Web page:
40. THE LAFFER CURVE President Reagan said he was on the Laffer curve. He said that after WWII, when he started making big money, that he could do 4 movies before hitting the top marginal tax rate of 90%. After 4, because he could only keep 10%, he would quit making movies until the next year. “Yes, I was on the Laffer cuve. I couldn’t shoot my way out” Maximum Tax Revenue m n l Tax revenue (dollars) Reagan The “Gipper” Bonzo m 100 0 Tax rate (percent) For rich people, there would be a disincentive to quitworkingwhen they hit the top marginal tax rate. For most workers, this was not the case.

  41. SUPPLY-SIDE FISCAL POLICY Emphasison Expansionary Tax Cuts [which shifts AD to the right, increasing Y & PL] Impact upon... • Saving and Investment • [Lower taxes increase DI& S; less business taxes will • increase investment. Our “national factory” will increase.] • Work Incentives • [Keeping more of our money makes us work harder and longer] • Risk Taking • [Lower tax rates promise a larger potential after-tax reward] • So, the AS Curve will shift right bringing prices down. We will have Economic Heaven.

  42. SUPPLY-SIDE FISCAL POLICY Can sustain a much greater increase in AD if the AS curve is also shifting to the right. AD2 AD1 AS1 AS2 PL2 Price level PL1 10% PL3 0 Q1 Q2 Q3 Real GDP 10%

  43. MULTIPLIER WITH PRICE-LEVEL CHANGES Inflation and the Multiplier [4] AS Full Multiplier Effect Reduced Multiplier Effect Due to Inflation AD3 AD2 AD1 +20 +20 Price Level P2 P1 + 40 bil. + 80 bil. GDP1 GDP2 GDP3 M(4)=chg.Y/chg.E [80] [20] M(2)=chg.Y/chg. E [40] [20]

  44. EXPANSIONARY FISCAL POLICY [MPS=.25] the multiplier at work... $5 billion initial direct increase in spending AS AD2 AD1 Full $20 billion increase in AD +5 Price level P1 $485 $505 Real GDP (billions)

  45. CONTRACTIONARY FISCAL POLICY [MPS=.25] the multiplier at work... AS AD1 AD2 P1 $5 billion initial direct decrease in spending P2 Price level Full $20 billion decrease in AD $515 Real GDP (billions)

  46. LEGISLATIVE MANDATES Employment Act of 1946 Council of Economic Advisors(CEA) Joint Economic Committee (JEC)

  47. Legislative Mandates for Remedial Fiscal Measures 1. Employment Act of 1946 – a law promoting economic stability (by promoting “maximum employment, production, and purchasing power”) through monetary and fiscal policies. This act was a government commitment to ensure prosperity after WWII. [not only“could”but“would” – no more laissez faire] This act gave the Keynesians economists the theoretical and legal justification to use fiscal policy to stabilize the economy. 2.Council of Economic Advisers (CEA) [for the President] – 3 distinguished economists (on leave from universities) who assist and advise the President on economic matters. Their staff is made up of 11 senior and 6 junior economists. They forecast and project the deficit, inflation, GDP growth, foreign exchange rates, immigration, & antitrust legislation. The President must submit an annual economic report describing the current economic state with recommendations. “The President’s intelligence armin the waragainst the business cycle.”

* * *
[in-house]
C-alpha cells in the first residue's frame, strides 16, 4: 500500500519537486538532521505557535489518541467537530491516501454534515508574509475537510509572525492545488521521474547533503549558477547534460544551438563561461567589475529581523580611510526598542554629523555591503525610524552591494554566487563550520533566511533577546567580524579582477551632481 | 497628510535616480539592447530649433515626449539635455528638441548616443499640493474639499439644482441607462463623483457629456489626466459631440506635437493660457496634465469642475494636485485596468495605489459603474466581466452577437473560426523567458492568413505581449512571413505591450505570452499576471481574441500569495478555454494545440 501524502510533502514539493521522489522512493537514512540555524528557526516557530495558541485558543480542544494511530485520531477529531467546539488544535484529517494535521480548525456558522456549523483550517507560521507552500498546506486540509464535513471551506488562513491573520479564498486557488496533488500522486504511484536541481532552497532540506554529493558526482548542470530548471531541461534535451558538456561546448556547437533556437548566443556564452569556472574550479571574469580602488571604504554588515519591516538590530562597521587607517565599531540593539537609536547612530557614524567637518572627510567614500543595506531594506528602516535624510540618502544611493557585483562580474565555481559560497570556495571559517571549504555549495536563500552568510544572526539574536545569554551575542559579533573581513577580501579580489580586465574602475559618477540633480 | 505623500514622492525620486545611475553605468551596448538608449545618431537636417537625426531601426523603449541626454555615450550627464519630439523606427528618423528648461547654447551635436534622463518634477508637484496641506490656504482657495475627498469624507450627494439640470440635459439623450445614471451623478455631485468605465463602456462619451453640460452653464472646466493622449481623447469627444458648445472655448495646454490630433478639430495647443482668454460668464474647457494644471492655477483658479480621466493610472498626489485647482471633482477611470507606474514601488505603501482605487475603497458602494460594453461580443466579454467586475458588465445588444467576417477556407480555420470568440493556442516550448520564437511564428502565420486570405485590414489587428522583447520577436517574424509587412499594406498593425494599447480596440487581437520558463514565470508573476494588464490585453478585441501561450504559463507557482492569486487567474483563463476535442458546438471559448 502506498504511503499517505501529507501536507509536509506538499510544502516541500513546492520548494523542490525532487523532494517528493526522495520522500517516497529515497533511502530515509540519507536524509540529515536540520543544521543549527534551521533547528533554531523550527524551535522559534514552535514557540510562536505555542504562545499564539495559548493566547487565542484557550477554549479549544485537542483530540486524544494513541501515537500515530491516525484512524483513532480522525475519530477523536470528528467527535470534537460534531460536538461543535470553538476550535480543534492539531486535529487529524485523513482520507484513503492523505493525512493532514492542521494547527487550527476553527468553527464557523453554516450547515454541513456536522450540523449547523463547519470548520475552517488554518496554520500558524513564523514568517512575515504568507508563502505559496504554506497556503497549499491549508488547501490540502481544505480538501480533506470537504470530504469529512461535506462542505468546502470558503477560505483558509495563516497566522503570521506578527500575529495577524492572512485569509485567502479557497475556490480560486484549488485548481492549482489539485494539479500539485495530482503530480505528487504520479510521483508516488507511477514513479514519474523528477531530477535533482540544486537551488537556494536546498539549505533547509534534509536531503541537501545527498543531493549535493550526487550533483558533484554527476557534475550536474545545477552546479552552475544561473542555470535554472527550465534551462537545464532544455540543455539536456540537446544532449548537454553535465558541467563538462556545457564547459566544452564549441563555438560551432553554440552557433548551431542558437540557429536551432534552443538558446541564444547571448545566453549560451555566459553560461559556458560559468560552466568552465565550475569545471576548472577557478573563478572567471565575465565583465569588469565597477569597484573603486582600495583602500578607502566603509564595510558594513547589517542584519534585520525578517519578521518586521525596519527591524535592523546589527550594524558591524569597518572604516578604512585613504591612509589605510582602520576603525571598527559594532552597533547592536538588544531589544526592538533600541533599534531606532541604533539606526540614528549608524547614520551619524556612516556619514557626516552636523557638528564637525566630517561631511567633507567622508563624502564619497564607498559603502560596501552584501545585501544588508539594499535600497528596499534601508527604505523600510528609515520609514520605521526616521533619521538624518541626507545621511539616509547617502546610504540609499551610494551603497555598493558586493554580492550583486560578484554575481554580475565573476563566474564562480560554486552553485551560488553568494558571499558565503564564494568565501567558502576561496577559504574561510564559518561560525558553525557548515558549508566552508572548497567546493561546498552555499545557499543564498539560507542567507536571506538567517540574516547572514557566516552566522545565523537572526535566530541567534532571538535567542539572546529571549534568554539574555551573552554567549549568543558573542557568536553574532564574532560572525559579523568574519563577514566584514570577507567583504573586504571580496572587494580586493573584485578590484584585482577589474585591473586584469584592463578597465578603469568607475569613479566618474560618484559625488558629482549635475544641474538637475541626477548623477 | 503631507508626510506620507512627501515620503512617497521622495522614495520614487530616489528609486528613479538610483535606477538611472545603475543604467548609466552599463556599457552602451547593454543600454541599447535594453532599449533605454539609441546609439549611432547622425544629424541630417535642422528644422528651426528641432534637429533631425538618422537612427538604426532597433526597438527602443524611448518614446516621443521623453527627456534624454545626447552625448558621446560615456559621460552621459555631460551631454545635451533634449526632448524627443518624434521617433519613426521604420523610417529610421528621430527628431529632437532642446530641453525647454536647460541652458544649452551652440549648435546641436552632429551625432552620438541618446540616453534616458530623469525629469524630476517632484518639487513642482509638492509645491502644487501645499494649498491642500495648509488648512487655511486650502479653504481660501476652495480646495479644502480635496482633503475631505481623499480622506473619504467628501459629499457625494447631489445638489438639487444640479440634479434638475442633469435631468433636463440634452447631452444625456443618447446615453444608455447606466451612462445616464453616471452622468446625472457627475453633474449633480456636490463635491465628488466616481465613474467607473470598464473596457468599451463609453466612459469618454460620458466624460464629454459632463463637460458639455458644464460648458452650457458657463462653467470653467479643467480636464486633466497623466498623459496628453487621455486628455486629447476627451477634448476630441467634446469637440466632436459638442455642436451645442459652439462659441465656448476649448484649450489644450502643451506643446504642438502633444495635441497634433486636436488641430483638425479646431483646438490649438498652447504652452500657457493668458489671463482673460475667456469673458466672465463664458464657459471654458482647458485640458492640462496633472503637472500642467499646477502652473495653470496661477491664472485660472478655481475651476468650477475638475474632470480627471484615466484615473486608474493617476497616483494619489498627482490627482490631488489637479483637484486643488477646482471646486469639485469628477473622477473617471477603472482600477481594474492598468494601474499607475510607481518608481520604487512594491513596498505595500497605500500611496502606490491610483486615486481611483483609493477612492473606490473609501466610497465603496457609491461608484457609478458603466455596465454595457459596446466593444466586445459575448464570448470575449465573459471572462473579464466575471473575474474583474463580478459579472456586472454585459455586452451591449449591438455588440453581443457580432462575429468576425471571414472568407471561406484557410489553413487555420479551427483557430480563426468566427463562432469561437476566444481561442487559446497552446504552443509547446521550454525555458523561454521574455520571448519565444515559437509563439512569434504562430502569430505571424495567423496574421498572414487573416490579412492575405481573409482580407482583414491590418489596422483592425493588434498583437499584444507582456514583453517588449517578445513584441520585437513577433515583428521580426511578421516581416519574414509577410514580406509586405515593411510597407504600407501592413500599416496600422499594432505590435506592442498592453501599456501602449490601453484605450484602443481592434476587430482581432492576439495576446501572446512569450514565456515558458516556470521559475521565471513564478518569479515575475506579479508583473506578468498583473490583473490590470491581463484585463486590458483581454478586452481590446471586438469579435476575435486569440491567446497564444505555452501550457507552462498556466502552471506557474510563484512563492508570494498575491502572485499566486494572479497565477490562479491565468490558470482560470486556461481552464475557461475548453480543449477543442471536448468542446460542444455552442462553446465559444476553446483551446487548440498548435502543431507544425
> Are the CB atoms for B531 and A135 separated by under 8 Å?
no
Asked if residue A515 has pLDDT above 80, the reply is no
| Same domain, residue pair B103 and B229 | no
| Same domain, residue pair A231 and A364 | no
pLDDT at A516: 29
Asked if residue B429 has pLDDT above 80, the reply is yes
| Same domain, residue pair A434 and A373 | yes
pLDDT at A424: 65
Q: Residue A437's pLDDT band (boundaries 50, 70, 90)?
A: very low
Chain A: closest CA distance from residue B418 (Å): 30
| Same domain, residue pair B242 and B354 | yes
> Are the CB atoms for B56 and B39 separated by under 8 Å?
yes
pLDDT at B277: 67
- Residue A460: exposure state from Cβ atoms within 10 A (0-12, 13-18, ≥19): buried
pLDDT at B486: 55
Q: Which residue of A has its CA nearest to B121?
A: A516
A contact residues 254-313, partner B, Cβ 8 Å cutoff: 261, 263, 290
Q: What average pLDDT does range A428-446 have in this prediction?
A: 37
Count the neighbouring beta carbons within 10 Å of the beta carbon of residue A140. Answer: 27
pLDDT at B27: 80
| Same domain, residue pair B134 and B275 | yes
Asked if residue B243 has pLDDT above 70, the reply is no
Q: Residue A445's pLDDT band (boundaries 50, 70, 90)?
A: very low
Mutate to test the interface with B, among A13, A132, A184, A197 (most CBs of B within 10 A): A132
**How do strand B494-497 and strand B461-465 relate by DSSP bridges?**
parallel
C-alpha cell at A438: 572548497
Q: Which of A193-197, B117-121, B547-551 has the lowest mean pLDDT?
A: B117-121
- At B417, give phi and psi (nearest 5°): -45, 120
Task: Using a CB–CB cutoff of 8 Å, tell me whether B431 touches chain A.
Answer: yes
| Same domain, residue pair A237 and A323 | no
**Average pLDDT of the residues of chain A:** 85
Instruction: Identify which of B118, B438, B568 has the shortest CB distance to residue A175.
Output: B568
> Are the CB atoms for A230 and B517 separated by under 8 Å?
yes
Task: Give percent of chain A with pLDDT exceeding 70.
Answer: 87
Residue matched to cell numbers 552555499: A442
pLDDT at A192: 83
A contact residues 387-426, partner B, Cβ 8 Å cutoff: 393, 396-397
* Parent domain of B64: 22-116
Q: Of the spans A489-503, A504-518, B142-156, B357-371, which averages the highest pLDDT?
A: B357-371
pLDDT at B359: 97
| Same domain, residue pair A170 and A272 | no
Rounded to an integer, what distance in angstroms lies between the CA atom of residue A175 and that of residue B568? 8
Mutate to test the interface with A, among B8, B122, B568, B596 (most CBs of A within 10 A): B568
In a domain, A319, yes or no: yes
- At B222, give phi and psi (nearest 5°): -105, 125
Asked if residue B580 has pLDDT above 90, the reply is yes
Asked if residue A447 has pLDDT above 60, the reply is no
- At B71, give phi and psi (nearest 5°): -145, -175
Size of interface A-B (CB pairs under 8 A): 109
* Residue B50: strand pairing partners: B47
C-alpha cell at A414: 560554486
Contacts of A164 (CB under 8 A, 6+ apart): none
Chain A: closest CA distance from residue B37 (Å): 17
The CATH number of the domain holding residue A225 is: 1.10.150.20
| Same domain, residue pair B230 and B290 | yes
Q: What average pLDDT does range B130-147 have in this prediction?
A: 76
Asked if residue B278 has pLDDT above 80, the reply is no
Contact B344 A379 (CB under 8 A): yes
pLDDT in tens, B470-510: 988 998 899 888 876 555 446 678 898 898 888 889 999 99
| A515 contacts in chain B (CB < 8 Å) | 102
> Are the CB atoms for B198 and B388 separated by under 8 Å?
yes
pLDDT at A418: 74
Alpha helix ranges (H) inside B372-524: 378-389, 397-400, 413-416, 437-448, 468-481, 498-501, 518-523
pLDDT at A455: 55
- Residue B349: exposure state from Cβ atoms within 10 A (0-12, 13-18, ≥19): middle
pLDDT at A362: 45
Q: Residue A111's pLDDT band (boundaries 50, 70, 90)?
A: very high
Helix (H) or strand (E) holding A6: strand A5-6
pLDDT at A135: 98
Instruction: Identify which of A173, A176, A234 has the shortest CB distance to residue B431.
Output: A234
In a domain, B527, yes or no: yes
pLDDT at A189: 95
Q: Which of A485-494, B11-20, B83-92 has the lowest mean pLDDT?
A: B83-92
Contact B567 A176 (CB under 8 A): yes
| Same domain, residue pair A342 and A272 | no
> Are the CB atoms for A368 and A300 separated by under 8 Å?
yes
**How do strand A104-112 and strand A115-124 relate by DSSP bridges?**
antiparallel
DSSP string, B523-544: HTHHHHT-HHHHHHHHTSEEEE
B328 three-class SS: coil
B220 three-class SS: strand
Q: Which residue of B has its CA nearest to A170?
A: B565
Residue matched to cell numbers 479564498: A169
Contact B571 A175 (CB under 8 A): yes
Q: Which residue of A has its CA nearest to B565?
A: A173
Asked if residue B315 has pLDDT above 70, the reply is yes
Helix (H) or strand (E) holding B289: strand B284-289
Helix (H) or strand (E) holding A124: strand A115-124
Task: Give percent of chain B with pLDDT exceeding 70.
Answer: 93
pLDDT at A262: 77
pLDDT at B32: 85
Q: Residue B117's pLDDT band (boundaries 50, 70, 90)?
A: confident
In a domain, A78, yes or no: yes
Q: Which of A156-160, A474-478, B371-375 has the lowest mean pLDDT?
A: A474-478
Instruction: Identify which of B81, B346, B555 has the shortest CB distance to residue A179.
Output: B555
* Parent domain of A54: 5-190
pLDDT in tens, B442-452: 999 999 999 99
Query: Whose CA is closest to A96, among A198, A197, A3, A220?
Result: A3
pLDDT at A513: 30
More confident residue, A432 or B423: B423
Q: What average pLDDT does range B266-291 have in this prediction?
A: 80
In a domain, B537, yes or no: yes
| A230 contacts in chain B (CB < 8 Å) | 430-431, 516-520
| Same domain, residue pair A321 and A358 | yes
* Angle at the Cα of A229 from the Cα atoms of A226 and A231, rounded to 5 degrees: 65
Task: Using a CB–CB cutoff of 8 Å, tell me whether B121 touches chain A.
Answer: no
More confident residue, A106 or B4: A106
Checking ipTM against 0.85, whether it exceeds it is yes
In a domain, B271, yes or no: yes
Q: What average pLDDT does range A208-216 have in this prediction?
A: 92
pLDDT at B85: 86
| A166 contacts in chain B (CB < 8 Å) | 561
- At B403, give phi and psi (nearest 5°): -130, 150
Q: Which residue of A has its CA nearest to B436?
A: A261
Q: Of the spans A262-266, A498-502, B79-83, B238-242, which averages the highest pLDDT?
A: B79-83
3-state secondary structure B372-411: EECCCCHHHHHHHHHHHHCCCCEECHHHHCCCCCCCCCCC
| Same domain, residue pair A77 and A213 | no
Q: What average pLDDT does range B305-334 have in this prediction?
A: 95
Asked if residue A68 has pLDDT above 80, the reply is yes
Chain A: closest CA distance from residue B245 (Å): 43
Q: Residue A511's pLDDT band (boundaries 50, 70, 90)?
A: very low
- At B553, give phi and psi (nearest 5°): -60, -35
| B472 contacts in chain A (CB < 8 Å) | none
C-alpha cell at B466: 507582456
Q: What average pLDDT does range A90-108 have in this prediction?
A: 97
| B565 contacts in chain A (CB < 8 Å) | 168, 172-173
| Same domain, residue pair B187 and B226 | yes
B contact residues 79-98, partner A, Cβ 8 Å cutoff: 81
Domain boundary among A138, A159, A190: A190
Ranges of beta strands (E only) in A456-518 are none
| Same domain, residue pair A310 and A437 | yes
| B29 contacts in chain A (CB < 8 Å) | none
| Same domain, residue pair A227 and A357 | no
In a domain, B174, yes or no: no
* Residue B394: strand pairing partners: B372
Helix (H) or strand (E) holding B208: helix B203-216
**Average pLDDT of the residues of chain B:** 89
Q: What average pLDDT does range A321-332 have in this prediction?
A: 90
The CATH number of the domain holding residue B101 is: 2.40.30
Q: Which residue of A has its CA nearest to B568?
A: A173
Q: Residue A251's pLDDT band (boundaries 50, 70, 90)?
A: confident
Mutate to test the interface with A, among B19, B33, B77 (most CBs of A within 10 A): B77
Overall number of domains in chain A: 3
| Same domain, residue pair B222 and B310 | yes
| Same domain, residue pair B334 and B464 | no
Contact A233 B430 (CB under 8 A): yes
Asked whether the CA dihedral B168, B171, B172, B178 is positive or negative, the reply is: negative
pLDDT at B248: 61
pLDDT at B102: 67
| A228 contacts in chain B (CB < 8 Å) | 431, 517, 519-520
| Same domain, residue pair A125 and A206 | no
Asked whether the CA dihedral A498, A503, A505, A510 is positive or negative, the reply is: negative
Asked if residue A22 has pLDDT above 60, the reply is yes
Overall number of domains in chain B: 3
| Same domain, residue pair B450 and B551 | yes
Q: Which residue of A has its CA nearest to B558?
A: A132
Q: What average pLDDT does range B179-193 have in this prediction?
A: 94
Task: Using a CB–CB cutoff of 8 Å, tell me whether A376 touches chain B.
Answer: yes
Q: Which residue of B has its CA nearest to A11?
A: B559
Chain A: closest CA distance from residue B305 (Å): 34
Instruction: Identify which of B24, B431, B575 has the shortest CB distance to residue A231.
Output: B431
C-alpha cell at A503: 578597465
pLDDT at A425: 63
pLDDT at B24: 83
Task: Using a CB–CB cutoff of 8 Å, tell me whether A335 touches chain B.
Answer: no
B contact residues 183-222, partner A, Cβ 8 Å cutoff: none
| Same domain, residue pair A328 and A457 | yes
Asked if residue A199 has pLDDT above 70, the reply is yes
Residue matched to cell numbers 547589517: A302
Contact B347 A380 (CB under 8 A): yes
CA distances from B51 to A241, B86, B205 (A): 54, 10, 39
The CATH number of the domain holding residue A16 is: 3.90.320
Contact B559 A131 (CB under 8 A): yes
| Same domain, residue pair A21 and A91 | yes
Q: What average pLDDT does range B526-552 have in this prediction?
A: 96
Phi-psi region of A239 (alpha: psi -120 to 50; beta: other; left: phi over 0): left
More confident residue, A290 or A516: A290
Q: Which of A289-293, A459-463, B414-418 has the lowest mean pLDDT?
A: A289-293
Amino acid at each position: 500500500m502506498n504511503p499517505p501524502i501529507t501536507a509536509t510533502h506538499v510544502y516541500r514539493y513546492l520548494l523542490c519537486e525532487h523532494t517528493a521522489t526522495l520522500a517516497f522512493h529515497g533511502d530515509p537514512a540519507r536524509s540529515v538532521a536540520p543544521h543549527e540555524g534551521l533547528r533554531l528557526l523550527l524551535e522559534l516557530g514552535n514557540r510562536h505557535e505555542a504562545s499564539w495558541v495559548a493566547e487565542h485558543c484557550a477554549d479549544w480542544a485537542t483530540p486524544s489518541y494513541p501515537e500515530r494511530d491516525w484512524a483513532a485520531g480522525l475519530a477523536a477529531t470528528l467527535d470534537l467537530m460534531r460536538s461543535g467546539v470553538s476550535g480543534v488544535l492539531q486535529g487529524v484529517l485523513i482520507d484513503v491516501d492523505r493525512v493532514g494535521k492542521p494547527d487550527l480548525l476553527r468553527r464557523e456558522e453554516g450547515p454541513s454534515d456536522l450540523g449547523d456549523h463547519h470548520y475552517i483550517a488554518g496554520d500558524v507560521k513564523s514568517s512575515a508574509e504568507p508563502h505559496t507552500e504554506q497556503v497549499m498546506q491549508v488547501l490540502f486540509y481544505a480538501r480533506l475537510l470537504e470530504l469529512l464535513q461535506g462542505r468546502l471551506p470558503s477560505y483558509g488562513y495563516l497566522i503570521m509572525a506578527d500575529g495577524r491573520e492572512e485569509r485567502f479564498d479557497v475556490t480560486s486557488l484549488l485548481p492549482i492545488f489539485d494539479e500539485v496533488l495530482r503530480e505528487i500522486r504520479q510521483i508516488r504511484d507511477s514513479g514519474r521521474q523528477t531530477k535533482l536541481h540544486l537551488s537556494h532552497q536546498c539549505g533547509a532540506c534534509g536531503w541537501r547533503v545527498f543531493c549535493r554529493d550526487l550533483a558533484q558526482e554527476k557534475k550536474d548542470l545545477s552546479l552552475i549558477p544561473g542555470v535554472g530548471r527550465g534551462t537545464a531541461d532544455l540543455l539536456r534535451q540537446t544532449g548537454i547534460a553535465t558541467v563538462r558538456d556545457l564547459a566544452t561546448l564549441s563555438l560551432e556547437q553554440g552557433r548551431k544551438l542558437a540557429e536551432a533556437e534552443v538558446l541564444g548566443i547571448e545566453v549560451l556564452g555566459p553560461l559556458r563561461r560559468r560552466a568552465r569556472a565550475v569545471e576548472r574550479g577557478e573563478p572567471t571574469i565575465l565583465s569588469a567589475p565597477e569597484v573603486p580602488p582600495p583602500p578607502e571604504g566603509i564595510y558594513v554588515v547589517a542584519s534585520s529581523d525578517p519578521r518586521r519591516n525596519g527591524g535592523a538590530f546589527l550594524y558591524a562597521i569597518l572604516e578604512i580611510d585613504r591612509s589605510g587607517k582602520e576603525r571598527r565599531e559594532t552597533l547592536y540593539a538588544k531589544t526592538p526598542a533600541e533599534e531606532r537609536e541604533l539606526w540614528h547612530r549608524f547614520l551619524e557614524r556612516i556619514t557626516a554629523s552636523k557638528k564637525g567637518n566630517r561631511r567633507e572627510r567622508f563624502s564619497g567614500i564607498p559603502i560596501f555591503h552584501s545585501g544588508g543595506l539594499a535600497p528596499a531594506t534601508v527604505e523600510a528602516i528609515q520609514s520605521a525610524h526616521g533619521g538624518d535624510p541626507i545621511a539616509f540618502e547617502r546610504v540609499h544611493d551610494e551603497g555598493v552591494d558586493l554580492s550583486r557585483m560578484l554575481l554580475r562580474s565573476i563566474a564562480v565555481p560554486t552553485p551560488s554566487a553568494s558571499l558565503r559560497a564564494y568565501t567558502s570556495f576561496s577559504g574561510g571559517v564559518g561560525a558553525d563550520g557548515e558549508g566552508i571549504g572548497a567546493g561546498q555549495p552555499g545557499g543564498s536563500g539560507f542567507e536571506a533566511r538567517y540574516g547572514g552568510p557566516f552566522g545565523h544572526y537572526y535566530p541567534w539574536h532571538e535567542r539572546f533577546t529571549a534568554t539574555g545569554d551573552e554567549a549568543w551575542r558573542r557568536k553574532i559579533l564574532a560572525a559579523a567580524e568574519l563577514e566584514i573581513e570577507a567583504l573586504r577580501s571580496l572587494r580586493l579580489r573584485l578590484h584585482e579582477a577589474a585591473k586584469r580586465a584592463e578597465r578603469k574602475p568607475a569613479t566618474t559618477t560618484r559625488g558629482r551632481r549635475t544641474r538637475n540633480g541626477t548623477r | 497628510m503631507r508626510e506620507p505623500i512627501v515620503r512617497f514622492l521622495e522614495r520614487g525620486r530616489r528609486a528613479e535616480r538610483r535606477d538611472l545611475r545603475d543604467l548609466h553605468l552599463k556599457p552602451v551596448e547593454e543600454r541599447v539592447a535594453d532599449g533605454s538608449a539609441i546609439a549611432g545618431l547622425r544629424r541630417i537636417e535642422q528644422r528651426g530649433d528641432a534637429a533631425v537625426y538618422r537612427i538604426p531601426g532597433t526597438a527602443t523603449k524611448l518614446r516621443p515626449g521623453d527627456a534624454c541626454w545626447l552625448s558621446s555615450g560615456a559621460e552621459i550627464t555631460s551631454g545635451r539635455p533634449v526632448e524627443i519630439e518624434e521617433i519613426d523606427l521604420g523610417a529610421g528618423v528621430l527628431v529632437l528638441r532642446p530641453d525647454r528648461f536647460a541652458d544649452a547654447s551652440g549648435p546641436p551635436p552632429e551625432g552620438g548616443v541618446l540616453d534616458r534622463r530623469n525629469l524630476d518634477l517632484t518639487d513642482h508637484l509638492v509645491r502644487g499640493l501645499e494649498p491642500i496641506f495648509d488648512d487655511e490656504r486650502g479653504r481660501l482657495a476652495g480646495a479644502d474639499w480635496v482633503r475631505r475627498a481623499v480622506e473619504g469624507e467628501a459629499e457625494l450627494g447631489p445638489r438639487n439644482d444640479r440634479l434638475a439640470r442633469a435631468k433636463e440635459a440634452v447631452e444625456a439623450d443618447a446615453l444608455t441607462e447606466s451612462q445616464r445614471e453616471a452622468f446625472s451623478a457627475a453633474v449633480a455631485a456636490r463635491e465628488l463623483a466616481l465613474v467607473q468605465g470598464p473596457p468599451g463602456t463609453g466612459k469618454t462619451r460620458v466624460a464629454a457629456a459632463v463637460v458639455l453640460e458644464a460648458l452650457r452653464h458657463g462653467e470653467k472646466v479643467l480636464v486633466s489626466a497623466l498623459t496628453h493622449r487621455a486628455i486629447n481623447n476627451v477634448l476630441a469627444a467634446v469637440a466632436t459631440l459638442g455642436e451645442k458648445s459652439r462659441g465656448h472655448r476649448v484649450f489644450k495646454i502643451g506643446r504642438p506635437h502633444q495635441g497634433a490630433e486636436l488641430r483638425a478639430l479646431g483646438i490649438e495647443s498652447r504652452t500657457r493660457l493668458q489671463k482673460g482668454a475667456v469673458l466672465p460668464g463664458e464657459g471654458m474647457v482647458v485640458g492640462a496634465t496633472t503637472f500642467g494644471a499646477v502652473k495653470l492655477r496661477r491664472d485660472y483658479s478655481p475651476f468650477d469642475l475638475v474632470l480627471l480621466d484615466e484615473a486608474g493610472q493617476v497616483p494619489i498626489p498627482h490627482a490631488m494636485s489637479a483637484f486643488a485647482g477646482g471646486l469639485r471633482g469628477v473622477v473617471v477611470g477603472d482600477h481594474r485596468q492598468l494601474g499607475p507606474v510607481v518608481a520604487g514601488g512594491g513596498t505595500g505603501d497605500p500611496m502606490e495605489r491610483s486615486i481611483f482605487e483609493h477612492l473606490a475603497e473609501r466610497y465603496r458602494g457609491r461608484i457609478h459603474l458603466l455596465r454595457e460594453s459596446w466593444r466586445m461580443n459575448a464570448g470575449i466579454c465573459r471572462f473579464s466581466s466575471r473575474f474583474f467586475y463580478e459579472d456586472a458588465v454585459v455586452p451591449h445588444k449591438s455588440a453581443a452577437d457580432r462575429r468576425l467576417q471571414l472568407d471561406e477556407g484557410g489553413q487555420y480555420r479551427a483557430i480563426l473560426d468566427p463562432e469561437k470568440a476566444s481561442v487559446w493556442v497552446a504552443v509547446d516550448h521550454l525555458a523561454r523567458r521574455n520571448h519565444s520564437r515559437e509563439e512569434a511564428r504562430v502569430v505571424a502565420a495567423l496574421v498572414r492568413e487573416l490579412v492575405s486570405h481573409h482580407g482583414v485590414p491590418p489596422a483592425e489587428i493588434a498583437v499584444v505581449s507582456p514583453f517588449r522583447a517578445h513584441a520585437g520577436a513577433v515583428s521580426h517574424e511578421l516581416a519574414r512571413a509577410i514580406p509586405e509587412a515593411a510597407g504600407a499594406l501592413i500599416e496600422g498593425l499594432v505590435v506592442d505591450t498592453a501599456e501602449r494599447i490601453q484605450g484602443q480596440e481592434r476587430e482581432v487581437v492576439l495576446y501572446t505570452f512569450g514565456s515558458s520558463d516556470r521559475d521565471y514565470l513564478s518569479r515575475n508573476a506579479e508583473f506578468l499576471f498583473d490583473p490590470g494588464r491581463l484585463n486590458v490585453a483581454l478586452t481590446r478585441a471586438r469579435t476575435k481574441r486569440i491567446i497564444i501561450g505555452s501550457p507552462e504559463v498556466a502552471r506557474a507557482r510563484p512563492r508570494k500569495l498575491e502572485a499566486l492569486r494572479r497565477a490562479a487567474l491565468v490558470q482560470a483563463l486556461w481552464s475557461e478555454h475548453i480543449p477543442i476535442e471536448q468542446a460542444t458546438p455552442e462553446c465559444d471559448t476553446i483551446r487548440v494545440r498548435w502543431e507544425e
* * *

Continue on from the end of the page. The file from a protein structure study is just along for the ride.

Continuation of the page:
48. Head of the CEA Greg Mankiwof Harvard has ridiculed supply-side tax cuts as“fad economics” conceived by“charlatans and cranks,” in his textbook. Edward Lazear PHD in Econ, Harvard Matt Slaughter of Dartmouth Ben Bernanke, Former Board Governor, succeeded Maniew. [scored 1590 on SAT] [Now Chairman of Fed] Katherine Baicker U.C.L.A.

  49. Joint Economic Committee of Congressand Humphrey-Hawkins Act of 1978 If you look at my “C” average college grades, the CEA can help me.

  50. AE & Fiscal Policy Questions on 2000 AP Exam If MPS incr from .10 to .20, the ME would decrease from 10 to 5. 1. (81%) The value of the spending multiplier(ME) decreases when a. tax rates are reduced d. government spending increases b. exports decline e. the marginal propensity to save increases c. imports decline 2. (75%) Which of the following policies would a Keynesian recommend during a period of high unemployment and low inflation? a. decreasing the MS to reduce AD b. decreasing taxes to stimulate AD c. decreasing government spending to stimulate AS d. balancing the budget to stimulate AS 3. (47%) Which of the following best explains why equilibrium income will increase by more than $100 in response to a $100 increase inG? a. Incomes will rise, resulting in a tax decrease. b. Incomes will rise, resulting in higher consumption. c. The increased spending raises the aggregate price level. d. The increased spending increases the money supply, lowering interest rates. e. The higher budget deficit reduces investment. 4. (56%) Unexpected increases in inventories usually precede a. increases in inflation b. increases in imports c. stagflation d. decreases in production e. decreases in unemployment The Multiplier ensures more C with each round.